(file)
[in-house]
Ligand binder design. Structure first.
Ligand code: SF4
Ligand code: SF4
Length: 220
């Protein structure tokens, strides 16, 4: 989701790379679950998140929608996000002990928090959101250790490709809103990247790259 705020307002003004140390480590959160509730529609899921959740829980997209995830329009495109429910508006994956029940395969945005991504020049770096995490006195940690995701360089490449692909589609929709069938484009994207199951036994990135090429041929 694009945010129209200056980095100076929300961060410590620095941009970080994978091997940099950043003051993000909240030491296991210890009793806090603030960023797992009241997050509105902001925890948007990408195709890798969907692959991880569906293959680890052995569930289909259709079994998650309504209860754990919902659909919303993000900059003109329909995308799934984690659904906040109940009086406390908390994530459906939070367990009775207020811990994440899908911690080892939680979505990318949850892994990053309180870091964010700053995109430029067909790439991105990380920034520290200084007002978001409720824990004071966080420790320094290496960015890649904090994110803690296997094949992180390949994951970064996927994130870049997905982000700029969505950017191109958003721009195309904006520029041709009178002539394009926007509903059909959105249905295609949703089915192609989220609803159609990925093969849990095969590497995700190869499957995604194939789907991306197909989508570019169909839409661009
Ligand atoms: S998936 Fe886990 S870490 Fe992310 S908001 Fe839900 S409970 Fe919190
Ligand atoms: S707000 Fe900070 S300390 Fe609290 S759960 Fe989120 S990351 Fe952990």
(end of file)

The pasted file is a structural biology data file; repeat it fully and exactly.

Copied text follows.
[in-house]
Ligand binder design. Structure first.
Ligand code: SF4
Ligand code: SF4
Length: 220
């Protein structure tokens, strides 16, 4: 989701790379679950998140929608996000002990928090959101250790490709809103990247790259 705020307002003004140390480590959160509730529609899921959740829980997209995830329009495109429910508006994956029940395969945005991504020049770096995490006195940690995701360089490449692909589609929709069938484009994207199951036994990135090429041929 694009945010129209200056980095100076929300961060410590620095941009970080994978091997940099950043003051993000909240030491296991210890009793806090603030960023797992009241997050509105902001925890948007990408195709890798969907692959991880569906293959680890052995569930289909259709079994998650309504209860754990919902659909919303993000900059003109329909995308799934984690659904906040109940009086406390908390994530459906939070367990009775207020811990994440899908911690080892939680979505990318949850892994990053309180870091964010700053995109430029067909790439991105990380920034520290200084007002978001409720824990004071966080420790320094290496960015890649904090994110803690296997094949992180390949994951970064996927994130870049997905982000700029969505950017191109958003721009195309904006520029041709009178002539394009926007509903059909959105249905295609949703089915192609989220609803159609990925093969849990095969590497995700190869499957995604194939789907991306197909989508570019169909839409661009
Ligand atoms: S998936 Fe886990 S870490 Fe992310 S908001 Fe839900 S409970 Fe919190
Ligand atoms: S707000 Fe900070 S300390 Fe609290 S759960 Fe989120 S990351 Fe952990």